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Business & Economy

Columbus airport's $2 billion upgrade would boost capacity, ease customer commutes

A rendering of a proposed terminal for John Glenn Columbus International Airport
Columbus Regional Airport Authority
A rendering of a proposed terminal for John Glenn Columbus International Airport

The Columbus Regional Airport Authority wants to replace the 65-year-old airport terminal at John Glenn Columbus International Airport with a $2 billion terminal by early 2029.

The proposed facility would modernize a space that's been in use since 1958 and has seen many renovations and changes, most drastically as CMH adapted to post-9/11 security and facility changes. Many parts of the airport are nearing the end of their useful life and the airport authority is already designing and planning to seek approval for a new facility from the airport's governing board.

Airport Authority President and CEO Joe Nardone said that time is not on the side of the current facility and a new one will alleviate a lot of problems.

"We will have more capacity. This (new) terminal will hold more folks, it'll be more comfortable, it'll be more efficient, it'll be more energy efficient. There are just so many things that our buildings built in the 2020s will have that our buildings built in the 1950s won't have or didn't have," Nardone said.

Renderings show a terminal in a similar layout to the current one with gates for multiple planes. It would go in the current location of the Blue and Cell Phone Parking Lots, adjacent to the existing Rental Car Center. A new parking garage would go next to that rental car center.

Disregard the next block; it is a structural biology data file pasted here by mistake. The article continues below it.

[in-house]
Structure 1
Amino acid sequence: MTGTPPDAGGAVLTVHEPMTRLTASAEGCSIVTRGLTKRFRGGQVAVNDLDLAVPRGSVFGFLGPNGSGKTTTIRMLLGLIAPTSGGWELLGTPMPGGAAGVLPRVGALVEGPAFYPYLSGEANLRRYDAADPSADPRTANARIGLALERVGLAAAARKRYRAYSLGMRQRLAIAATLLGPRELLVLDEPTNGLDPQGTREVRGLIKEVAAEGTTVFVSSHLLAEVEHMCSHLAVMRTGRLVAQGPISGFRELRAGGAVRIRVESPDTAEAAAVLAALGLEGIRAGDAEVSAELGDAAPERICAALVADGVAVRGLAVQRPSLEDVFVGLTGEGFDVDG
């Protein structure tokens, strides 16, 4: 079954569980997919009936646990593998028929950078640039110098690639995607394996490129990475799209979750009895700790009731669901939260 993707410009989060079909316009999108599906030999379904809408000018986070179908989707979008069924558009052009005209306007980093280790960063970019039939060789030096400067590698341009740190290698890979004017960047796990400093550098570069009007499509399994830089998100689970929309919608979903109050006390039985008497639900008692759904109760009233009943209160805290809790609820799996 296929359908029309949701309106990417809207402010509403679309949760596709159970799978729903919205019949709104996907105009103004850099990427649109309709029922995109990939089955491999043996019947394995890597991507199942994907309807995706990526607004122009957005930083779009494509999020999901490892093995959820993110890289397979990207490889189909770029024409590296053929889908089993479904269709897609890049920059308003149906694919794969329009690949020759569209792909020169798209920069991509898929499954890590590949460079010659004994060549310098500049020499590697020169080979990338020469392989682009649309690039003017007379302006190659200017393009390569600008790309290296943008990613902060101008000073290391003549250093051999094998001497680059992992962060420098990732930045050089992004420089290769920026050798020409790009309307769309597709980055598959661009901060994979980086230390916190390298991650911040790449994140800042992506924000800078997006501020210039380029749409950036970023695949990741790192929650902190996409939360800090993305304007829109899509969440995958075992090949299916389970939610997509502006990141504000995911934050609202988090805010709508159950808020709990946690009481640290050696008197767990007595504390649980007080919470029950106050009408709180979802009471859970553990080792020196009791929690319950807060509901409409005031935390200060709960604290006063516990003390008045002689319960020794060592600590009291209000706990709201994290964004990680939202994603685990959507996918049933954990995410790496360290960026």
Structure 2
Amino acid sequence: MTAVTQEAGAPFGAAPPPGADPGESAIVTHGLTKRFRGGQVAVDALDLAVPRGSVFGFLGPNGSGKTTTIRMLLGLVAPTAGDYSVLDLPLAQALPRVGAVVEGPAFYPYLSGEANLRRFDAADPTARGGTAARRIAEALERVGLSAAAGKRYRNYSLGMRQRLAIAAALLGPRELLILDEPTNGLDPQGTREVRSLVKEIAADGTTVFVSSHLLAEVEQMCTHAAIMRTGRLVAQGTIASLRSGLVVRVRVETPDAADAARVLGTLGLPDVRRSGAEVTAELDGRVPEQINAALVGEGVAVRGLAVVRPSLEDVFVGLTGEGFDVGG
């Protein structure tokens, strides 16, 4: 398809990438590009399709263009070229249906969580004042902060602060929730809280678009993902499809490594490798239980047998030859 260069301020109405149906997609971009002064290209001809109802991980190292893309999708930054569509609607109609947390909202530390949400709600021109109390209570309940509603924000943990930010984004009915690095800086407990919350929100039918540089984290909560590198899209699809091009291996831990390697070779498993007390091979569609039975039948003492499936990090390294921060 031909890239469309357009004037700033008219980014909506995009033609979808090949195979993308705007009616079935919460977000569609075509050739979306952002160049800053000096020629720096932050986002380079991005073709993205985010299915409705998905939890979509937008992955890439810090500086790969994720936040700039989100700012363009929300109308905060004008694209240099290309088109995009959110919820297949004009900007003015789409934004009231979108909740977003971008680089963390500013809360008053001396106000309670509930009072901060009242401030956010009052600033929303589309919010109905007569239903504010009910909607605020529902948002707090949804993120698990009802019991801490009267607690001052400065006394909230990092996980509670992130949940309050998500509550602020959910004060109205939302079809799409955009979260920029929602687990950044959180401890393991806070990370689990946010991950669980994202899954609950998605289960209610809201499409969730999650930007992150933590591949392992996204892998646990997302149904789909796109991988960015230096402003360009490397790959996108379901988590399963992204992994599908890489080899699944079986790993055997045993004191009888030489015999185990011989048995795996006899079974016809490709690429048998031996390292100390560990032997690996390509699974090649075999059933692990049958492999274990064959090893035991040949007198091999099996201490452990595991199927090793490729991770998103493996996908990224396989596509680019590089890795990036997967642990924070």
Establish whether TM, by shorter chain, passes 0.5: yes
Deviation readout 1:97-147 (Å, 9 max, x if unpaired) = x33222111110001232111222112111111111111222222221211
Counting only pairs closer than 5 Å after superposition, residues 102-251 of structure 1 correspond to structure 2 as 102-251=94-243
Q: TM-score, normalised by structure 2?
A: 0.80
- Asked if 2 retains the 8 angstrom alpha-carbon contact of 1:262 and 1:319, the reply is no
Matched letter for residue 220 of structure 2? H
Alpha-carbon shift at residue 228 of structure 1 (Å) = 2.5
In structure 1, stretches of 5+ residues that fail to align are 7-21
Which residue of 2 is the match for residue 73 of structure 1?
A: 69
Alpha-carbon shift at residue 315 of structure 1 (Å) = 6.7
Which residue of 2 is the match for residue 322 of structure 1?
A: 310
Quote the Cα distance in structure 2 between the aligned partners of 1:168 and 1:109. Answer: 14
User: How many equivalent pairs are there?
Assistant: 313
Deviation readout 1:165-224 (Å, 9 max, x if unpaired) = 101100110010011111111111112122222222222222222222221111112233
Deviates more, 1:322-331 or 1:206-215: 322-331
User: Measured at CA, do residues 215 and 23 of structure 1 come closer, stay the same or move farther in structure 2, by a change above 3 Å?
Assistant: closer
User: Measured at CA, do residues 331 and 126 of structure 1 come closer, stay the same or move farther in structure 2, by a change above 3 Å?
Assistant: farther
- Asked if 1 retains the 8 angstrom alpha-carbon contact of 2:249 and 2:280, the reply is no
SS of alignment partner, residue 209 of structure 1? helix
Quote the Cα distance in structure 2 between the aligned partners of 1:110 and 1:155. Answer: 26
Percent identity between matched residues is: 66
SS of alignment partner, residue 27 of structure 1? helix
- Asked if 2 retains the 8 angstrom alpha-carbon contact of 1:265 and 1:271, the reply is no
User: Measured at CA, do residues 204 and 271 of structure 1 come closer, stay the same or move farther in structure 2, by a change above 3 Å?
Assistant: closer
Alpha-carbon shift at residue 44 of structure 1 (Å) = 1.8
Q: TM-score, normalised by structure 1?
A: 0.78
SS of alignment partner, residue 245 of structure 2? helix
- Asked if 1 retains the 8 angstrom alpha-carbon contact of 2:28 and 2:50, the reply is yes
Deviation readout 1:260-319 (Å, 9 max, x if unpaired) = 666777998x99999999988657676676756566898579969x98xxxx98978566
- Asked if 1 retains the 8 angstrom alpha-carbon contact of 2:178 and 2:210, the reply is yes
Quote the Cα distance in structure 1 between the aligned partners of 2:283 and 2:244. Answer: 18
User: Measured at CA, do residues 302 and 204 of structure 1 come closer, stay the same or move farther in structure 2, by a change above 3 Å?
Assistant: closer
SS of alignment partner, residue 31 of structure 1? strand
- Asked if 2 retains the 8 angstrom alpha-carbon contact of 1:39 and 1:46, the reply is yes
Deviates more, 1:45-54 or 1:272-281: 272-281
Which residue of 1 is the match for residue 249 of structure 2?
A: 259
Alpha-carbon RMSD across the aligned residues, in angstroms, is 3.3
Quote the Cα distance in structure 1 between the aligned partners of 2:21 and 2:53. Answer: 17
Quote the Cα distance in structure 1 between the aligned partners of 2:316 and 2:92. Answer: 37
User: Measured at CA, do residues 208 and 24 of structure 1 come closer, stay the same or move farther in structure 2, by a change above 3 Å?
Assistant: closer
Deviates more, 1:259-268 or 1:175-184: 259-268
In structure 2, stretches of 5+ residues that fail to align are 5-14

The airport serves 33 counties in central and southeast Ohio and acts as a medium hub, per FAA regulations like its neighbors in Cincinnati and Cleveland.

The airport was renovated as recently as 2016 when the ticketing and baggage check area was modernized, but Nardone said the Airport Authority knew for years that a new terminal would be needed.

Nardone said one issue is that some water lines run over some electrical switchgear and if they were to fail or break, it could create a situation where much of the terminal's electrical system would go down.

Nardone said a main driver to build the proposed facility isn't just replacing the core infrastructure of the facility, but an improvement to customer experience.

Fliers traversing the three concourses at John Glenn are separated from the other concourses and are therefore limited in the lounges and restaurants they can seek out. If someone wants to go from one side of the terminal to another while waiting on a flight, they may have to go through security checkpoints just to do so.

"As we've seen rising inflation, as we've seen construction costs, as we've seen our customers suffer from an experience that is not quite up to par," Nardone said.

He said the interior of the terminal will not only be larger, but will be more interconnected and easier to traverse. The terminal will also be built to expand in the future as central Ohio continues to rapidly grow.

Nardone said the Airport Authority is able to afford such a massive price tag, because it has been saving money, more than $200 million so far, and is receiving funding from continuing airport operations and from the Bipartisan Infrastructure Investment and Jobs law that former Ohio Senator Rob Portman helped usher through Congress.

Nardone said when the new facility opens, he hopes people who first walk in take away that it is the most efficient and most modern terminal in the world. He said many airports that were recently replaced or modernized are now highly regarded as some of the best airports in the country.

Construction could begin next year on the project and the new terminal could open in late 2028 or early 2029.

The project also faces votes by the Airport Authority's board before it gets underway.

George Shillcock is a reporter for 89.7 NPR News. He joined the WOSU newsroom in April 2023 following three years as a reporter in Iowa with the USA Today Network.